After the accidental death of his best friend, Josh (Jon Overton), privileged English public school student Alex Bennett (Eddie Redmayne) is charged with the shotgun death of his one time room-mate, the enigmatic and intense Nigel Colby (Tom Sturridge). Detective Martin McKenzie (Richard Roxburgh) has no hard evidence and is under pressure from Alex's father, (Patrick Malahide), who is also headmaster at Alex's school, to have the charges dropped. McKenzie calls in forensic psychologist Sally Rowe (Toni Collette), hoping she can determine Alex's guilt. Delving into the bizarre world of medieval history and deadly mind games that Nigel set in train, she discovers that though dead, Nigel's psychological effect on Alex is far from diminished.
Review by Andrew L. Urban:
At what age are psychopaths recognisable? Greg Read's screenplay suggests they are pretty well born that way, and certainly by adolescence, they can turn their predisposition into active disposition. But the film is structured in a mix of linear and flash back storytelling which is sometimes confusing; it is also burdened by some extraneous material that adds to this confusion.
The good news, however, is that this psychological thriller (a UK/Australian co-production) is several notches above Hollywood teenage slasher movies and tackles material not usually the domain of Australian filmmakers. Read follows the profile of psychopaths being obsessive about something, and in this case it is found in history, where 13th century Knights Templars roam. It certainly makes the film interesting, and Read's revelations are carefully plotted like the trail of breadcrumbs leading back home for Hansel and Gretel. And offer the same sort of dark intrigue that those black fables use to grip the imaginations of children. It is the link from this to Nigel's obsession with death, cadavers, dissection and taxidermy provides the nerve jangling conduit for the visceral tension that Read maintains, and if he had resisted the temptation to overdo it, it would have been even sharper.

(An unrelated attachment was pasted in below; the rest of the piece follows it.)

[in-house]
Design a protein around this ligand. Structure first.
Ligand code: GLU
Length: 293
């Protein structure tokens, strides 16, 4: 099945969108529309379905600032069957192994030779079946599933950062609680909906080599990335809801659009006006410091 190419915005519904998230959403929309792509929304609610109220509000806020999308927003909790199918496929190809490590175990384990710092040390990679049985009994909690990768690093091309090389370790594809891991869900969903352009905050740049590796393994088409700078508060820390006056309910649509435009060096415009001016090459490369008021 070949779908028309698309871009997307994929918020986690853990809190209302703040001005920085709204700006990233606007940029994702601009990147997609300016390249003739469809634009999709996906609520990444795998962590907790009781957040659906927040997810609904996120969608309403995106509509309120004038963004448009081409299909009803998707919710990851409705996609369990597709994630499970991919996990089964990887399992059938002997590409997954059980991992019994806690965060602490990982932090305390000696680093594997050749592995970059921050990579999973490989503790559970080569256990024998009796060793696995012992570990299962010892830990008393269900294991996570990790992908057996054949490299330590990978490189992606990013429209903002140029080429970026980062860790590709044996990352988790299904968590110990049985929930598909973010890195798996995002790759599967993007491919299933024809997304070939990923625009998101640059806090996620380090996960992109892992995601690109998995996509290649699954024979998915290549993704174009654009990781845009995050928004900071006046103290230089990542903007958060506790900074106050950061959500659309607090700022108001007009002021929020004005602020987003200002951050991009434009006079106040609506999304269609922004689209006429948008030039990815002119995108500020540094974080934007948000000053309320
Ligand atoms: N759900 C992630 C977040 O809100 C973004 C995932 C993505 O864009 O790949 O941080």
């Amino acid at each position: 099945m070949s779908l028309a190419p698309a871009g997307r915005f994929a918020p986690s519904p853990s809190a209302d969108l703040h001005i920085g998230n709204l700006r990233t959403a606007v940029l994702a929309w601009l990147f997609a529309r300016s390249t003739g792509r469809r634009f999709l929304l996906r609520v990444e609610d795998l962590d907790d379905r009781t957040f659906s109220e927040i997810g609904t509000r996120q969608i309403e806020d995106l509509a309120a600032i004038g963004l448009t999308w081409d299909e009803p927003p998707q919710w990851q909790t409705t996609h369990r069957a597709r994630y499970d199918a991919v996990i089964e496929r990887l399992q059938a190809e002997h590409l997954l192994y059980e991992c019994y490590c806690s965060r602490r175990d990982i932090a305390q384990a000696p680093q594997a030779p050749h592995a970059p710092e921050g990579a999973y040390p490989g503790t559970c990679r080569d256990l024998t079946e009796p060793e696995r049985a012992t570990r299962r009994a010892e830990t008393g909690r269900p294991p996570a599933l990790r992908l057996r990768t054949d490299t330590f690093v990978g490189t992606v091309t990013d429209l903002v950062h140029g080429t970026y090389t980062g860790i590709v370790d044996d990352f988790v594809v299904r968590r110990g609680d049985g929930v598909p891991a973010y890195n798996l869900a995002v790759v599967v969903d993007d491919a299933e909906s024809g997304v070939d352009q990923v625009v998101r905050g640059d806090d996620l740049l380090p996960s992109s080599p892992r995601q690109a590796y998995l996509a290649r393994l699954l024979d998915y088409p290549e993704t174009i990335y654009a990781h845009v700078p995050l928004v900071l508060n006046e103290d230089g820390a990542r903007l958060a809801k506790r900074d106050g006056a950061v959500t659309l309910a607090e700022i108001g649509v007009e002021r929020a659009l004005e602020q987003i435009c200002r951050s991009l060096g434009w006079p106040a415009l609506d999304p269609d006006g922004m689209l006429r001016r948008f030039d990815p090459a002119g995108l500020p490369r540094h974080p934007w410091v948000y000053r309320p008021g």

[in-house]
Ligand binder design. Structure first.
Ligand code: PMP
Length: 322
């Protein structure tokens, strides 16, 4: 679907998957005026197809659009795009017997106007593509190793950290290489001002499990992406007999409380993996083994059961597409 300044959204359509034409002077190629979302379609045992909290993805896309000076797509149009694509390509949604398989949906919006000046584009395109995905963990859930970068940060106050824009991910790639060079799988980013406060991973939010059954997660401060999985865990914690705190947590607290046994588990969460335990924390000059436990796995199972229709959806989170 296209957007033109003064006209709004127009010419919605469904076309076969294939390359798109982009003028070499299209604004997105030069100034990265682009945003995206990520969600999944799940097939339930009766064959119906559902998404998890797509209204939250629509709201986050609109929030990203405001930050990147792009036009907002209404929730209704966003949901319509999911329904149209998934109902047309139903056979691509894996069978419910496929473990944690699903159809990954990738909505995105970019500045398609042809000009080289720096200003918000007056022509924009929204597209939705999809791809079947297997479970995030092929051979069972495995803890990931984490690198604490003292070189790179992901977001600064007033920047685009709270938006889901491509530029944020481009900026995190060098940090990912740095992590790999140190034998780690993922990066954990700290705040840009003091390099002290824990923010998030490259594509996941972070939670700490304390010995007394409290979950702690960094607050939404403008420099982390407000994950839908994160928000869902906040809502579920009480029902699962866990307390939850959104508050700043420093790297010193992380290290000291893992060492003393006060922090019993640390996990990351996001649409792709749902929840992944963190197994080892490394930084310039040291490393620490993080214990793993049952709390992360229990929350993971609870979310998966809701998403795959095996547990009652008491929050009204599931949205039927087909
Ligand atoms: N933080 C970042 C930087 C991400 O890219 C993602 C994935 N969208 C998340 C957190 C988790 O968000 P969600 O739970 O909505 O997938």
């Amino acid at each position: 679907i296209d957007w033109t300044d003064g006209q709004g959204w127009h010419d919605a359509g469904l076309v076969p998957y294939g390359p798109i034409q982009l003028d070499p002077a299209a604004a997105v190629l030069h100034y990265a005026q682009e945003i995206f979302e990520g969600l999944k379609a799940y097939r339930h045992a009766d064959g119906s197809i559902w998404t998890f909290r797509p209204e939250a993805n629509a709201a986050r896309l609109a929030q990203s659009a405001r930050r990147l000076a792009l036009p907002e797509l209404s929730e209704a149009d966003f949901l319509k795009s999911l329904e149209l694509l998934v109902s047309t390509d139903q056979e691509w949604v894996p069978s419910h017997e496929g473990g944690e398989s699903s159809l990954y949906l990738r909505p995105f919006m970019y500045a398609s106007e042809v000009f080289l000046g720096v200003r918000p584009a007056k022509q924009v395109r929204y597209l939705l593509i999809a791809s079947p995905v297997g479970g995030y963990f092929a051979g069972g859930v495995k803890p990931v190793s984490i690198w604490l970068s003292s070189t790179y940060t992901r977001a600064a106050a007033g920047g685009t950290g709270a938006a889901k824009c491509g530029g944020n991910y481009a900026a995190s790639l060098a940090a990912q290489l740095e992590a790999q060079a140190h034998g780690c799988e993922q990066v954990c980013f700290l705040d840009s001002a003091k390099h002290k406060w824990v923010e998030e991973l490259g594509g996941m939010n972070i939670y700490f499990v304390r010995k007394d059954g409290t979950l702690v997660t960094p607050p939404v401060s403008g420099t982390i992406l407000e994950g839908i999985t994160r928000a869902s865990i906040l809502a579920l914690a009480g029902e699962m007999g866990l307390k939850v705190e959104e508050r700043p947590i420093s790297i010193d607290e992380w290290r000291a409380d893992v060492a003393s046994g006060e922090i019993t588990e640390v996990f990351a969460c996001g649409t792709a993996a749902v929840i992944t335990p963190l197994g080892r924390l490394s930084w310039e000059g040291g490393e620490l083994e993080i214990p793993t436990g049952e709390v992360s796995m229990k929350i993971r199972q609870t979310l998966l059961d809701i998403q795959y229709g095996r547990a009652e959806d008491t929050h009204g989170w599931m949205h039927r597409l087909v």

The two school boys who play Alex and Nigel (Eddie Redmayne, Tom Sturridge) deliver chillingly effective performances, every bit the match of the two Australians playing central roles, Toni Collette as the English forensic psychiatrist and Richard Roxburgh as an English detective. Sombre production design from Steven Jones-Evans adds good gloom to the mood, and the tension is well maintained. The first two acts - some story muddiness aside - are especially well handled, and despite a saggy third act, the finale comes through in a nod from one genre to another, as the psychological thriller salutes the horror movie.
Email this article
GREGORY J. READ INTERVIEW
LIKE MINDS (M)
CAST: Toni Collette, Eddie Redmayne, Tom Sturridge, Richard Roxburgh, Kate Maberly, Patrick Malahide, Jon Overton, John Colbie, Cathryn Bradshaw
PRODUCER: Jonathan Shteinman, Piers Tempest
DIRECTOR: Gregory J. Read
SCRIPT: Gregory J. Read
EDITOR: Mark Warner
MUSIC: Carlo Giacco
PRODUCTION DESIGN: Steven Jones-Evans
RUNNING TIME: 110 minutes
AUSTRALIAN DISTRIBUTOR: Becker Ent
AUSTRALIAN RELEASE: November 9, 2006